Mission of Burma made exactly one full-length studio album before they took 19 years off. Since they reconvened a decade ago, they’ve made four. The amazing thing is that their post-reunion records are not just consistently terrific but increasingly terrific. This band was always built around skills that get better with age: idiomatic playing, idiosyncratic ideas about sound, very loud interactions based on very close listening. How they’ve managed to sustain their monumental energy — well, that’s a good question. It might have to do with having three songwriters who keep trying to top each other.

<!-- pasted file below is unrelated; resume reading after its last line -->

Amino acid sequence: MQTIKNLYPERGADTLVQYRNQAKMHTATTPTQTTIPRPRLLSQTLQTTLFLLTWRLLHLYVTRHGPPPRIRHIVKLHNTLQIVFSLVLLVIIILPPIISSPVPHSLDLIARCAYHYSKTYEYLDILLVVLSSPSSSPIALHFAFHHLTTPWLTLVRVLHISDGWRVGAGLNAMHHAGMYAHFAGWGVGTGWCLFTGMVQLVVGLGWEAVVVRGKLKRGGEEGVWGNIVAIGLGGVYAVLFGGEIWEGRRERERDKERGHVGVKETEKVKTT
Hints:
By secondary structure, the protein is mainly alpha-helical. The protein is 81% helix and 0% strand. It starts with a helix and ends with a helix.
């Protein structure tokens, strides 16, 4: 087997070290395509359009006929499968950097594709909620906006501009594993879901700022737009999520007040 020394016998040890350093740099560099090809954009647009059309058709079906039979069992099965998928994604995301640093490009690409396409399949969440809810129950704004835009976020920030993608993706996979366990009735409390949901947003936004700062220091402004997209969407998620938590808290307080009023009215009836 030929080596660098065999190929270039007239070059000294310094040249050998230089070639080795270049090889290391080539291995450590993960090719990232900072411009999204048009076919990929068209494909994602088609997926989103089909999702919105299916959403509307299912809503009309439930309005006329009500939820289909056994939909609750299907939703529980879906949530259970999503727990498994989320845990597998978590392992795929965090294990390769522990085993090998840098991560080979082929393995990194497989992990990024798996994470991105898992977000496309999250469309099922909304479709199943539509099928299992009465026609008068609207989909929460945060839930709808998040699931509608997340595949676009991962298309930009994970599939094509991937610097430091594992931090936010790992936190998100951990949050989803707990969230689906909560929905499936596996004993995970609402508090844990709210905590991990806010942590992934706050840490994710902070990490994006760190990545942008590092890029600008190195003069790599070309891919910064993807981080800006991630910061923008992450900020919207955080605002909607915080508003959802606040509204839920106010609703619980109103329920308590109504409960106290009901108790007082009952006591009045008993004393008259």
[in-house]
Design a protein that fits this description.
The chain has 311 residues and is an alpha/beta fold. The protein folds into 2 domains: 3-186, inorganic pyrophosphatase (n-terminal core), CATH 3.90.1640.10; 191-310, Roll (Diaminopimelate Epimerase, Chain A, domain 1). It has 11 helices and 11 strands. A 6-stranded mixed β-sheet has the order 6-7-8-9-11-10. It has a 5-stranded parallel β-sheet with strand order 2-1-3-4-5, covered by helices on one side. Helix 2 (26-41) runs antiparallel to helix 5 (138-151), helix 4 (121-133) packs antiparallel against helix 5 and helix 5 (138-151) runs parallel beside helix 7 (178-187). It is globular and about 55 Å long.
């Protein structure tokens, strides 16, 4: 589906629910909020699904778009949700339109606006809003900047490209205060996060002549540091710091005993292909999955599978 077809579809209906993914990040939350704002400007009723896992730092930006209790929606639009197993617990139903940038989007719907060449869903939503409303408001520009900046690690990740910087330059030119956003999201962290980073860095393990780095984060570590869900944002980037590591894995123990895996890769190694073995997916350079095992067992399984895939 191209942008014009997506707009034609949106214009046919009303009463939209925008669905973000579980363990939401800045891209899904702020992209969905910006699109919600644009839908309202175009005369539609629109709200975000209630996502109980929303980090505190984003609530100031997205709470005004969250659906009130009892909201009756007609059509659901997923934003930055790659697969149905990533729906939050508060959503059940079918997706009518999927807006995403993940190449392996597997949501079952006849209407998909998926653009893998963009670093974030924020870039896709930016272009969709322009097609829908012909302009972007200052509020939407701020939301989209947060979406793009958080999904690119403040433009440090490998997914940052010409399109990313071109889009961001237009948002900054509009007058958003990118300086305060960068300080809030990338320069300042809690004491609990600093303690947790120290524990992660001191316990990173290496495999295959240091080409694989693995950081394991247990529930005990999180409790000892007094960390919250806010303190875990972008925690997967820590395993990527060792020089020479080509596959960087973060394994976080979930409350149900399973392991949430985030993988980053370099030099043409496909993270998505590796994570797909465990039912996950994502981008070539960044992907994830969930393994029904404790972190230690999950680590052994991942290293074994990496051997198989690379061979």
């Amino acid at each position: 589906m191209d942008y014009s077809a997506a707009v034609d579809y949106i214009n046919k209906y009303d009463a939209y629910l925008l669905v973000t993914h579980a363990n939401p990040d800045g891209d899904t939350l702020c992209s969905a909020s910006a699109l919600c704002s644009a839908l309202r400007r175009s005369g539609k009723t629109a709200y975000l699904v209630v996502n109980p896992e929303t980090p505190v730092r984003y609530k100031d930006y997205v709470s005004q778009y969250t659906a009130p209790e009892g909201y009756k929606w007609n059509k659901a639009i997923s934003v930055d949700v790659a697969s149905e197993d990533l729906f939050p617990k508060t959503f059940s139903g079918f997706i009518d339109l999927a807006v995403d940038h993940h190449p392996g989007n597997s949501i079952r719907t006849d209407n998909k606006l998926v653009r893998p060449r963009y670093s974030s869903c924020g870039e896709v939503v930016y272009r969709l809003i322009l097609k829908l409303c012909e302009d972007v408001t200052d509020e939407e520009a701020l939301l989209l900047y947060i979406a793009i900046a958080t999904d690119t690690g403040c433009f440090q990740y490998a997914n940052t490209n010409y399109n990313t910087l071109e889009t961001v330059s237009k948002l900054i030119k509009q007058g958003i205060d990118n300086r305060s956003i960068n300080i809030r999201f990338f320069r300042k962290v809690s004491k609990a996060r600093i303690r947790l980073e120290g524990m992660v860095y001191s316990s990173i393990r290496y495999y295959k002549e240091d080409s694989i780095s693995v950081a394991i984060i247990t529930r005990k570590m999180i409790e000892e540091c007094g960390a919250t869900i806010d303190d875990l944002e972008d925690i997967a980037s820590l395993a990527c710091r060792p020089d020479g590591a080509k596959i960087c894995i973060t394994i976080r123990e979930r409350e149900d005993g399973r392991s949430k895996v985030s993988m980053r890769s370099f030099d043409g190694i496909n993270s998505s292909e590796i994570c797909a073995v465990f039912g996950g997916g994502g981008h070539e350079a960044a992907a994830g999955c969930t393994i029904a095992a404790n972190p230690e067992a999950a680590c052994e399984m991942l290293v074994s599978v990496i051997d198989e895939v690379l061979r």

They’ve got a collective sound they worked out long ago: Clint Conley clawing meaty chords out of his bass and rasping the band’s slyest hooks, Roger Miller taking advantage of the least pop-like noises an electric guitar can make (when he’s not, say, paraphrasing “Do You Know the Way to San Jose?,” as he does on “Fell –> H20″), Peter Prescott hammering and howling and changing up the beat at every opportunity, tape manipulator/live engineer Bob Weston running interference. Like the good post-punks they are, they also like to break, or at least bend, their own formulas: See, for instance, Miller’s “ADD in Unison,” a constantly mutating string of splintery riffs that eventually piles on falsetto harmonies and Weston’s trumpet playing. And when more than half the songs on an album by a group that’s been together since the ’70s clock in under three minutes, you know they’ve got some serious discipline.